How to increase the default exchange 2003 SP2 database store limits

This applies to Exchange 2003 SP2.

Today I had a call from a client complaining that their e-mail would sporadically stop working every day or two. They said that by restarting the server, they could temporarily fix the problem.

I connected up, and took a look at the server’s event viewer application logs, around about the times that the client complained this last happened, which was around 07h30 in the morning. At 05h00 in the morning, when the exchange database runs some checks, I found the problem. A warning event that complains that the exchange logical database is now over the default size allowed. Logical size being the physical size of the .edb and .stm files, less the logical free space (also known as white space). Anyway the defaults size for the entire database is 18GB (16GB + 2GB). We need to adjust these now, as our combined mailboxes and public folders are over the 18GB size limit, or are quite close to breaching the limit. If they are over, then your exchange database would have already dismounted following the next check at 05h00 in the morning. If they have not passed the 18GB limit, then you will probably just be getting warning events at the moment, and should still increase the size limits to avoid any downtime.

This is how…

Open the registry editor – Start – Run, and type : regedit
Click Ok

Now navigate to (Note that the GUID is a unique string of numbers for each server) :

HKEY_LOCAL_MACHINE\SYSTEM\CurrentControlSet\Services\MSExchangeIS\NameOfYourExchangeServer\Private-GUID

Create a new DWORD entry as follows :

Database Size Limit in GB

Right-click and modify the entry once created, and give it a decimal value of anything between 1 and 75 depending on how many GB you want to limit this size to. Make sure you have enough disk space free on the partition your Exchange database is residing, and then enter something higher than 18. For example I used 60 for 60GB.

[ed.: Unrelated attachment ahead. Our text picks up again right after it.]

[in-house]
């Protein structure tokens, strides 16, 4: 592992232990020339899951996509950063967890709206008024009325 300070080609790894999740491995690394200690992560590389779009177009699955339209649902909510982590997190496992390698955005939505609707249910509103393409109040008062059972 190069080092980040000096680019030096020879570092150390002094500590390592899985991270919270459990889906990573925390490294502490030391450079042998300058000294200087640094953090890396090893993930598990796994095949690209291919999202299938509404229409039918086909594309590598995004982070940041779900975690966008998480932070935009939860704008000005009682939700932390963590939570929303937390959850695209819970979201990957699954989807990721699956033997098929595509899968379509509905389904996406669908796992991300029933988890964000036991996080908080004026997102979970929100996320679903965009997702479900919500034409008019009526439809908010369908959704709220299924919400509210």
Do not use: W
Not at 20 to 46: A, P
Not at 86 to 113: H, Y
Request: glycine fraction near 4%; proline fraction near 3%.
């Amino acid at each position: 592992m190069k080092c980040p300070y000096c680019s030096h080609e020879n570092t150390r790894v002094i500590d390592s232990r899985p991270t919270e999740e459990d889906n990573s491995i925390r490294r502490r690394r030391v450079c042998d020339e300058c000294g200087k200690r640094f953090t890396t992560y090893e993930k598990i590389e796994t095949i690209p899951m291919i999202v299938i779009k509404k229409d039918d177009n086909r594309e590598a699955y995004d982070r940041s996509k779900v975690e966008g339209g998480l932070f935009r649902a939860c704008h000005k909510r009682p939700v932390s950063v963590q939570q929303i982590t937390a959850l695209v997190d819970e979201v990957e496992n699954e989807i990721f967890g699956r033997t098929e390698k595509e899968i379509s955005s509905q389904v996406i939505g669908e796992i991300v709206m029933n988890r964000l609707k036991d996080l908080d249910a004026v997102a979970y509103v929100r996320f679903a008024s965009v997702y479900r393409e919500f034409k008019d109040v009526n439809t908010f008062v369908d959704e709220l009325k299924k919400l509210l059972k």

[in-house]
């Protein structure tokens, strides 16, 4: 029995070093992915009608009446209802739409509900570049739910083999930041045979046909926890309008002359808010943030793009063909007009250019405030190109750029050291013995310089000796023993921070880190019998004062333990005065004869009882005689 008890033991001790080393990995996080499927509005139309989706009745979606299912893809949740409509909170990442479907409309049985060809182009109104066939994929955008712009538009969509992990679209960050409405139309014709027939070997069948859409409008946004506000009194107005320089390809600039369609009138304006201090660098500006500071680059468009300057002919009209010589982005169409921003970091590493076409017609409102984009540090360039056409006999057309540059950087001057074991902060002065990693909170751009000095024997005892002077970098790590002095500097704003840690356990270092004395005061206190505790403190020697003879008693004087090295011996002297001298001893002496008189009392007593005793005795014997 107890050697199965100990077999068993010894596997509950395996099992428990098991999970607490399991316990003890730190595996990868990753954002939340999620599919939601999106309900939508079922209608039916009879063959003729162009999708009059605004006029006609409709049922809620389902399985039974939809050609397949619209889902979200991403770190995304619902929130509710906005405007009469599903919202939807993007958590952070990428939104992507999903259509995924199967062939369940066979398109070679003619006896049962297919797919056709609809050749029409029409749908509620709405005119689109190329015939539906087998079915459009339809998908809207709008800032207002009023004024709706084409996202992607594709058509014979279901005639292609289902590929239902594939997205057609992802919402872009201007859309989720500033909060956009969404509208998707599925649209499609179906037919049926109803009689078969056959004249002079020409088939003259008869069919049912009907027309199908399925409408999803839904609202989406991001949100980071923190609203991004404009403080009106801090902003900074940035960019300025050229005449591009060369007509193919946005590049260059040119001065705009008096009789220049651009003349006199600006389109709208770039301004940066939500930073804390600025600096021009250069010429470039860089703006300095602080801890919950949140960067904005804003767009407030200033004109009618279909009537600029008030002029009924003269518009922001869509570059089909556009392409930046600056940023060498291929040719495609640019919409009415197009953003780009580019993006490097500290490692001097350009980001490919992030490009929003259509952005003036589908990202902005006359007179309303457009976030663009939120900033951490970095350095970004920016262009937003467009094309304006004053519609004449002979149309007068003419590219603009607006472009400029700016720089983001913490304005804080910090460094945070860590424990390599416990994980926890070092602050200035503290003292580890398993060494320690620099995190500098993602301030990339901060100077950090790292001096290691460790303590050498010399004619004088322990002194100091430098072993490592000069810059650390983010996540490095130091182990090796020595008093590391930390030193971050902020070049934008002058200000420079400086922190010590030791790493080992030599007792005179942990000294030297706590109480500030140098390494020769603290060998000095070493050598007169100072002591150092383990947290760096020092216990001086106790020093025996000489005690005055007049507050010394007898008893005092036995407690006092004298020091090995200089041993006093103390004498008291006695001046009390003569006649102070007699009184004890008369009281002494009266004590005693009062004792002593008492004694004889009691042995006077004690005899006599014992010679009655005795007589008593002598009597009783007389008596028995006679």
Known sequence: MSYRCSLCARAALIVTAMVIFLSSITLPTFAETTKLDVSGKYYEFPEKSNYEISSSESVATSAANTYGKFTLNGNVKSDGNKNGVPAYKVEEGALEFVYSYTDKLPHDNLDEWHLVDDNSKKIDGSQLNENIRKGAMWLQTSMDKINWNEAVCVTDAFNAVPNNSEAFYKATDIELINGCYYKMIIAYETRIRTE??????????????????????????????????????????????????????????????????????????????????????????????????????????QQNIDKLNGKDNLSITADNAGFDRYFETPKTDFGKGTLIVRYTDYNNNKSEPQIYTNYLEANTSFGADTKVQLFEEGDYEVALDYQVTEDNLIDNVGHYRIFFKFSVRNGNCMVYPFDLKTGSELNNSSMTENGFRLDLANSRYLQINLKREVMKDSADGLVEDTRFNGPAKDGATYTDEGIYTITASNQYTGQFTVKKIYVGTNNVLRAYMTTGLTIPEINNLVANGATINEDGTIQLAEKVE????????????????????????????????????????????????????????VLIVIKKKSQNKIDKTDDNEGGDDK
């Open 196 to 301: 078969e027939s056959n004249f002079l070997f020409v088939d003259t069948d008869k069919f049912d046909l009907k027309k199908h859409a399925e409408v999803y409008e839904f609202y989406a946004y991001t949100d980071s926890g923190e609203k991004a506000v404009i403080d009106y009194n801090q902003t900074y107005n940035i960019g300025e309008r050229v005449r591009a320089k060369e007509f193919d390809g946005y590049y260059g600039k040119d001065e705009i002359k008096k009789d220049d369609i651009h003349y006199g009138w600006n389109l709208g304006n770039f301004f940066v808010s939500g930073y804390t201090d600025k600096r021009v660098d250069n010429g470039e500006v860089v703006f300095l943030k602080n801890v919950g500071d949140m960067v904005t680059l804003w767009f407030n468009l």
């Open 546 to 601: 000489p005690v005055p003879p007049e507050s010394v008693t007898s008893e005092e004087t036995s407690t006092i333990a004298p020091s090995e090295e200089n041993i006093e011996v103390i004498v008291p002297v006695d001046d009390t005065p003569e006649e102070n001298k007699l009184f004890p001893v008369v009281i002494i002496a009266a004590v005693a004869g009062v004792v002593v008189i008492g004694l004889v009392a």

Modify the exchange 2003 SP2 default database size

Click OK

Now navigate to the next part (This is to modify the public folders database size) :

HKEY_LOCAL_MACHINE\SYSTEM\CurrentControlSet\Services\MSExchangeIS\NameOfYourExchangeServer\Public-GUID

Do the same as above, by creating the same DWORD value, and give it a size limit (decimal value) higher than the current public database value. For example I used 15 for 15GB.

Click OK.

Now we need to exit the registry editor, and restart the Exchange Information Store.

Go to start – run, and type : services.msc

Press enter, or click OK.

Navigate to the Exchange Information Store service, and right click it. Select the restart option.

Please note that this will now dismount your store. If your mail store is still online, users will be temporarily disconnected while the store re-mounts itself. Once back online, the database sizes will have increased, and you will get some nice notifications in your application log informing you of the new database sizes.

Clear outgoing spam problems on your Exchange 2003 server / network

Today I had to sort out a client’s mail server after BT disconnected them from all broadband access. Their server had sent out 108 000 spam e-mails, and the mail queues were full, trying to send more.

They had to contact BT, and ask them to re-connect their broadband service, so that I could remotely login and take a look into the issue.

First thing I did once I got access was disable their SMTP Service. To do this, right-click My Computer, go to “Manage” expand “Services and Applications” Double click on Services, and scroll down to Simple Mail Transport Protocol Service. Right-click it, and select Stop. This will halt all outgoing mail.